List of Plates:
Note: The Figures are each titled and captioned in the lower margin and bear Timby’s emblem of a tower surrounded by flags under the slogan “Dieu et Mon Droit 1841/1881” and the text, “This System patented in the United States, England, France, in the Empires of Germany and Austria, in Italy, Belgium, Denmark, Spain and Turkey, by T.R. Timby.” Some have additional explanatory text in the lower margin. Quotes below are excerpted from the map caption unless otherwise noted. Timby spells “defense” as “defence” throughout.
Map of the Narrows, Lower Bay and Sandy Hook by T.R. Timby
Map of the entrance to New York Harbor, with portions of New Jersey, Staten Island and Brooklyn, from Sandy Hook, NJ, to the west, to New York Bay to the east, and Raritan Bay and Lower Bay in the center. It shows the placement of two moles and towers at the entrance to The Narrows leading to New York Bay, with a diagram of the arc covered by the towers, allowing artillery to reach a wide arc protecting the channel. The map inscription states, “These PLANS are DESIGNED for, and ADAPTED to, the DEFENCE of ANY POSITION or LOCALITY.”
Figure 1: Timby’s Planetary System of Coast Defence
Diagram of the revolving tower atop the revolving base, flying an American flag.
Figure 2: Vertical Section, Timby’s Planetary System of Coast Defence
Vertical section diagram of Figure 1.
Figure 3: Plan of the Timby Planetary System of Coast Defence
Diagram of the revolving tower and base shown in Figures 1 and 2 from above, “as seen from a position on the flagstaff of the Tower.”
Figure 4: Timby’s Cordon of Revolving Towers for Harbor Defence
This view of the harbor illustrates the placement of a cordon of towers, placed on “terra-firma,” i.e. existing coastline, “with chains and floats submerged.” The drawing depicts the harbor on a typical day, with an assortment of boats sailing past the towers.
Figure 6: Timby’s Cordon of Revolving Towers for Harbor Defence
A diagram from above and an illustration of a side view of the harbor, both showing three towers, with connecting chains and floats. The chains and floats are shown “In Position,” raised for defense to block ships from passing through the channel, and “On Bottom of Channel,” lowered for everyday boat traffic.
Figure 7: The Timby Mole and Tower System for Harbor Defence
A pictorial illustration of “A view of the Mole and Tower system, as it would appear if located on either side of the Narrows just below Fort Lafayette, N.Y., looking toward Sandy Hook,” on a typical day with sailboats in the water.
Figure 8: The Timby Mole and Tower System for Harbor Defence
A large diagram of the tower and mole system from above with an elevation illustrated below. The mole is a large circular platform with sloping sides, that the figure’s caption states “may be of Earth, Brick, Stone or Iron” with a diameter between 500 and 600 feet. Its purpose is to protect the adjoining tower made from steel or iron with a diameter between 80 and 100 feet.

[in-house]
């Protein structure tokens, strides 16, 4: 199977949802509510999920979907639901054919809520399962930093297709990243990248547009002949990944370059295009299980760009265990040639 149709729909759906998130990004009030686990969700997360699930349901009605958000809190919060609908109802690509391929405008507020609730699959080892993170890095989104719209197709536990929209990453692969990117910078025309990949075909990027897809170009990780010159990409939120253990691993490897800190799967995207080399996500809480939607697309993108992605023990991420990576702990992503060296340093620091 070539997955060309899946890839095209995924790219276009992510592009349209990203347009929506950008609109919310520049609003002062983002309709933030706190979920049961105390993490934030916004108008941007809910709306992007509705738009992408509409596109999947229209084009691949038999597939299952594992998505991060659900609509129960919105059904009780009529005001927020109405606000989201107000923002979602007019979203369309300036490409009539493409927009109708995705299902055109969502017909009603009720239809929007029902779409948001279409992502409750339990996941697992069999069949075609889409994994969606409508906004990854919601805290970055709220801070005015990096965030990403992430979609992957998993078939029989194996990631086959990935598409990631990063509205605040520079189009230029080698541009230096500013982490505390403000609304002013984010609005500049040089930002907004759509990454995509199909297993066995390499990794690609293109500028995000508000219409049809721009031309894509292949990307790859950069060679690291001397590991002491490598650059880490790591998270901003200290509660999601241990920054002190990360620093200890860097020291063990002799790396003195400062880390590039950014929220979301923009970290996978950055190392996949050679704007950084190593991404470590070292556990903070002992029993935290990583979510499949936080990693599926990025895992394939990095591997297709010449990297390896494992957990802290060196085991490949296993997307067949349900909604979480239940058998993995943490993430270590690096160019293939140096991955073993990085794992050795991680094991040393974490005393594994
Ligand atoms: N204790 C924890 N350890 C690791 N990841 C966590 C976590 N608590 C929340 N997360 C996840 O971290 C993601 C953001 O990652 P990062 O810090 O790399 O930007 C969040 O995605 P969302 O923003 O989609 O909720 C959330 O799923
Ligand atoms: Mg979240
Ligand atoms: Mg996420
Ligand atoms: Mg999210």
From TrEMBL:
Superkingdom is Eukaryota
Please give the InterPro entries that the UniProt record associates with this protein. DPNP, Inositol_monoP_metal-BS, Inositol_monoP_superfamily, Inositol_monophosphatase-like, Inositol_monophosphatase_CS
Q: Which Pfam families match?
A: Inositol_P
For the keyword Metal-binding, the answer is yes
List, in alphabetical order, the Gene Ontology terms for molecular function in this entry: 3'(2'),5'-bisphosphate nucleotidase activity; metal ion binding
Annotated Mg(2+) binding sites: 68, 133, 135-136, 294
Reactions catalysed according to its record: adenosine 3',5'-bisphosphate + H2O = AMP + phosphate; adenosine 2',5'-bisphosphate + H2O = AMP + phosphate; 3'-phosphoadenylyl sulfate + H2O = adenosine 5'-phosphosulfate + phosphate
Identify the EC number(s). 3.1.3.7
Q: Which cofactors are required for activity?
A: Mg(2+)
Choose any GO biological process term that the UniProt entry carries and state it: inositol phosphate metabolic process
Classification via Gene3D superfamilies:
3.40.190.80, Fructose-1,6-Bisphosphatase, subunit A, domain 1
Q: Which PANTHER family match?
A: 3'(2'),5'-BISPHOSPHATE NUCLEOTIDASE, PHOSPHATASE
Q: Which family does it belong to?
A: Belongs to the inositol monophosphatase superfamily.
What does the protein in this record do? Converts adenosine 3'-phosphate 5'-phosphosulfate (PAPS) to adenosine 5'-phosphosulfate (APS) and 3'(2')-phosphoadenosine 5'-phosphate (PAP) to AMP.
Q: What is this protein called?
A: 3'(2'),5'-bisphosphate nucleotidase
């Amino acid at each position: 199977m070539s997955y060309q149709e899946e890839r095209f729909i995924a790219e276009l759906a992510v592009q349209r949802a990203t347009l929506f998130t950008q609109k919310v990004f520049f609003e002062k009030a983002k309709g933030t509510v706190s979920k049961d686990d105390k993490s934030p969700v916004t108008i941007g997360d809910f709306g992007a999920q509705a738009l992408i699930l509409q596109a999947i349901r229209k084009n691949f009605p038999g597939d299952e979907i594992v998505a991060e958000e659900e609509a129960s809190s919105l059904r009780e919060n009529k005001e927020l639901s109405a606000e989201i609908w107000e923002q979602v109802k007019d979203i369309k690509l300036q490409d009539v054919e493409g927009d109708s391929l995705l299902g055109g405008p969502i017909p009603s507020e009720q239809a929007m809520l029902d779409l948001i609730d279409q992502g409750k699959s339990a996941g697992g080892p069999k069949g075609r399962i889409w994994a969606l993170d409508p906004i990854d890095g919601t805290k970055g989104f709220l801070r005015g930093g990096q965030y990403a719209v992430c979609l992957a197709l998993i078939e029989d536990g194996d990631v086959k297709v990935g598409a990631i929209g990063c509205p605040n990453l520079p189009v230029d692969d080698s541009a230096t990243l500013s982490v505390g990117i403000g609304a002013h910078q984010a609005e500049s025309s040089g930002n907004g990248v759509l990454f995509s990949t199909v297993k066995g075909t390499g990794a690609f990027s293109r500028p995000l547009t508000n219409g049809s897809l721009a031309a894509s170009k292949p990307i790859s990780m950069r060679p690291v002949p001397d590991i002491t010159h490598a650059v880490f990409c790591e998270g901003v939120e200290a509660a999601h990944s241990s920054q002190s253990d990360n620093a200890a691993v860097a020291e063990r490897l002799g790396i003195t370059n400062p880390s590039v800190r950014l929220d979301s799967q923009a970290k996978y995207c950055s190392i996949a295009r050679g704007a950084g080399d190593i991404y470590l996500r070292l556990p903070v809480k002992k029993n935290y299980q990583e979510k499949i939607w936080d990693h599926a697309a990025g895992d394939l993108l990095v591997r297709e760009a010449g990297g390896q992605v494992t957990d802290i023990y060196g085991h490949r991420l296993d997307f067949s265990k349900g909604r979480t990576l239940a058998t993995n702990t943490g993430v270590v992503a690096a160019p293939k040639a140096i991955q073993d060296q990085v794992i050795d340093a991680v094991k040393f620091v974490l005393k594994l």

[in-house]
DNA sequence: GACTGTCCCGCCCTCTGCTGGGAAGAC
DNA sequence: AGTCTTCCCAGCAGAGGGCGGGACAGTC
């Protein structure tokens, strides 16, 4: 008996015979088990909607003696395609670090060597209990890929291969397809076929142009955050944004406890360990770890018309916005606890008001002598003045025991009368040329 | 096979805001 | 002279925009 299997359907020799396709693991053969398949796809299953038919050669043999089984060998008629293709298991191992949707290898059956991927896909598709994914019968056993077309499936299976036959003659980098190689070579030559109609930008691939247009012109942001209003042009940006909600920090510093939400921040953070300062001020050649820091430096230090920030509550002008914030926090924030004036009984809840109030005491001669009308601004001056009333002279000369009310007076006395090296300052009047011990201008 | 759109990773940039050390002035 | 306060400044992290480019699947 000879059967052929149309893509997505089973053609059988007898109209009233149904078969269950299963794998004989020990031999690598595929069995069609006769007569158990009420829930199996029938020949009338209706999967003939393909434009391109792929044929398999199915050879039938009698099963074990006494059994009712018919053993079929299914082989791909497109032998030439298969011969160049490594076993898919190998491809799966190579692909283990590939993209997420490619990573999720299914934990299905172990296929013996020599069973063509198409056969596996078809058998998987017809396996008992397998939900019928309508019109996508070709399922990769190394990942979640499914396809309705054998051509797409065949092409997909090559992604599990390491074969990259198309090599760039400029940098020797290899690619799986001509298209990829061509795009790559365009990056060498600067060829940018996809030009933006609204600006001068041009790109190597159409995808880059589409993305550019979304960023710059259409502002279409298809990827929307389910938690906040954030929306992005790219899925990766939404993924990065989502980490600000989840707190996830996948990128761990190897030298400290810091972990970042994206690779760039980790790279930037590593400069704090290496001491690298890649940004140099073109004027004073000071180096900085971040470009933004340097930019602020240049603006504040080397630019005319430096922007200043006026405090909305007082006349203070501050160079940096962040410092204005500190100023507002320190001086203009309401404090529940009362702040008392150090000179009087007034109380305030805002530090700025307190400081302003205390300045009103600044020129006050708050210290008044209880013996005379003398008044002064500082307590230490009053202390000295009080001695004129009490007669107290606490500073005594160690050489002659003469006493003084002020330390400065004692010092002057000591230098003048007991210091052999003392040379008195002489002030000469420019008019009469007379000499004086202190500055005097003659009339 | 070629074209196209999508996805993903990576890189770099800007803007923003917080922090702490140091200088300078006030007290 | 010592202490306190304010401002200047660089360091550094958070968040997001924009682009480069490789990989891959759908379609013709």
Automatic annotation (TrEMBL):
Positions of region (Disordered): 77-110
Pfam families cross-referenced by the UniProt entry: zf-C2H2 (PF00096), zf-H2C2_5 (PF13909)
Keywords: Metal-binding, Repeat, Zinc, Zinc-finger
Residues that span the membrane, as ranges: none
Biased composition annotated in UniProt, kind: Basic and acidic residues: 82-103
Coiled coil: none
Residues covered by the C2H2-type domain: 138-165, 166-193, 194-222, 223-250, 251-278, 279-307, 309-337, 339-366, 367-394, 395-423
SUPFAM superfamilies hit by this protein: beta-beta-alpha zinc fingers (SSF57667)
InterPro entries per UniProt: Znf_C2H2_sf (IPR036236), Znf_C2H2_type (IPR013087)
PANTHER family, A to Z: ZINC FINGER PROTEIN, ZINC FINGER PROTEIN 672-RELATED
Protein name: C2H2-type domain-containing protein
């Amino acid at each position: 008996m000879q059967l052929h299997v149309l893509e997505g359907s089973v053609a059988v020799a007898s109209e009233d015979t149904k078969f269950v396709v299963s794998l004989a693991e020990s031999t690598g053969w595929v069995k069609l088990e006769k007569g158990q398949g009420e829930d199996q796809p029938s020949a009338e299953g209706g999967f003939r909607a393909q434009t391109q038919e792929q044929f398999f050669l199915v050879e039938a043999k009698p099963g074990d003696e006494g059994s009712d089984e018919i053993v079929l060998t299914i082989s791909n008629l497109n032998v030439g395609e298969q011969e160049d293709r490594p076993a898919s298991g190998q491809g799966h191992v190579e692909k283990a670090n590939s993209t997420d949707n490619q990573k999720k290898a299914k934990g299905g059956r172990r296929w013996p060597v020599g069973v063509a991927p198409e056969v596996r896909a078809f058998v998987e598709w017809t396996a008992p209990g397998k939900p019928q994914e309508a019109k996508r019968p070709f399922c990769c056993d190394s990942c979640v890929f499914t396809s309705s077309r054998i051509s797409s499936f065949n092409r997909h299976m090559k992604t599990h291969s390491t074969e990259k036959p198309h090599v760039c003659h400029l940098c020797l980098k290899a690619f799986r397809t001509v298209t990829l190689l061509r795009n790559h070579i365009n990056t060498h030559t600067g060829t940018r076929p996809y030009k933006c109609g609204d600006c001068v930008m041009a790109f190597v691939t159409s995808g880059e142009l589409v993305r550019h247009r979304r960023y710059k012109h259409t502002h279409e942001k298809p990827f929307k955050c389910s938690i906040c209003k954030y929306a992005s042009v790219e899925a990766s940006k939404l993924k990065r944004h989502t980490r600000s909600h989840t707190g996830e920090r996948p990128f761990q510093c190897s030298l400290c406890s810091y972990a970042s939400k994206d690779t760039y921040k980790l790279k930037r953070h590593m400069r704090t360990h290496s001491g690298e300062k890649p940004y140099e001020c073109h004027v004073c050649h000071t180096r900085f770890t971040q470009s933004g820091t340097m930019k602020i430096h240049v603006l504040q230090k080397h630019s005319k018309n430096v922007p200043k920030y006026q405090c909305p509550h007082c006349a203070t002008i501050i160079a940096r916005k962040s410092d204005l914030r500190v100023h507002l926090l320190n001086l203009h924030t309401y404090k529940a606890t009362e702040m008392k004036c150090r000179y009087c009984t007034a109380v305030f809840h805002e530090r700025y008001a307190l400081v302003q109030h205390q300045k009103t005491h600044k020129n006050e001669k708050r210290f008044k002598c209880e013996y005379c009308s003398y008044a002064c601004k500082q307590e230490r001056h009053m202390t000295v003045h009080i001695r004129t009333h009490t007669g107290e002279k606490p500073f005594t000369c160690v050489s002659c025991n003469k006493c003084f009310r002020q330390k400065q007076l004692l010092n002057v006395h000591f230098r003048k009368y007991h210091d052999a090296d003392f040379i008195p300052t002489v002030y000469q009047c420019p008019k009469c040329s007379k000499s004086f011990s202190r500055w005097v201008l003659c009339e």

Figure 10: The Timby Mole and Tower System Vertical Cross Section
Diagram of the mole and tower in cross section from the side.
Theodore Ruggles Timby was an American inventor. Born a farmer’s son in New York State, he began producing ingenious models for inventions while still in his teens. At age 19 he obtained his first patent, for a revolving ironclad gun turret, which he brought to New York City and exhibited, although he did not succeed in having it adopted by military authorities he approached: both in the US and the government of Napoleon III in France. He turned his attention to other inventions until the outbreak of the Civil War, in 1861, when he finally saw an opportunity to revive the project. John Ericsson, designer of the Monitor battleship agreed to pay Timby a royalty for the revolving gun turrets based on his design that were placed on the vessel. The value of the invention was finally battle tested and proven in March 1862 in the ship’s famous encounter with the Confederate ship, the Merrimack, at the Battle of Hampton Roads, but Ericsson publicly took credit for the turret invention. In 1862, Timby also developed a plan of sighting and firing heavy guns by electricity. For over 40 years, he attempted in vain to have both inventions officially acknowledged and paid for by the US government, despite the fact that several naval officers, the New York Legislature, and the New York Supreme Court and Court of Special Appeals advocated or ruled on his behalf. In the 1880s, he designed a variety of coastal defense systems incorporating revolving towers and barriers. Timby also held several patents for non-military devices, including a barometer, a water wheel, a paper cutter, a door sash, and a series of world globe clocks.
Condition; Each map generally very good, recently professionally cleaned and deacidified, with only minor remaining toning and wear. Some maps with restored chips and short tears at edges. Map plate with some slightly greater discolorations, also chips (losses) and tears in lower margin, partly affecting text, restored and tipped in, backed on Japanese tissue.
Parton, James. People’s Book of Biography; or, Short Lives of the Most Interesting Persons of All Ages and Countries. New York: Virtue & Yorston, 1873. pp. 233-237. Online at Google Books: https://books.google.com/books?id=OwoyAQAAMAAJ&pg=PA233 (25 April 2019).
The National Cyclopedia of American Biography. Vol. 9. p. 116. New York: James T. White & Company, 1899. Online at Google Books: https://books.google.com/books?id=vtk-AAAAYAAJ&pg=PA116 (25 April 2019).
“Theodore R. Timby Dead.” New York Times. 11 November 1909. p. 9. Online at: https://timesmachine.nytimes.com/timesmachine/1909/11/11/101749087.html (25 April 2019).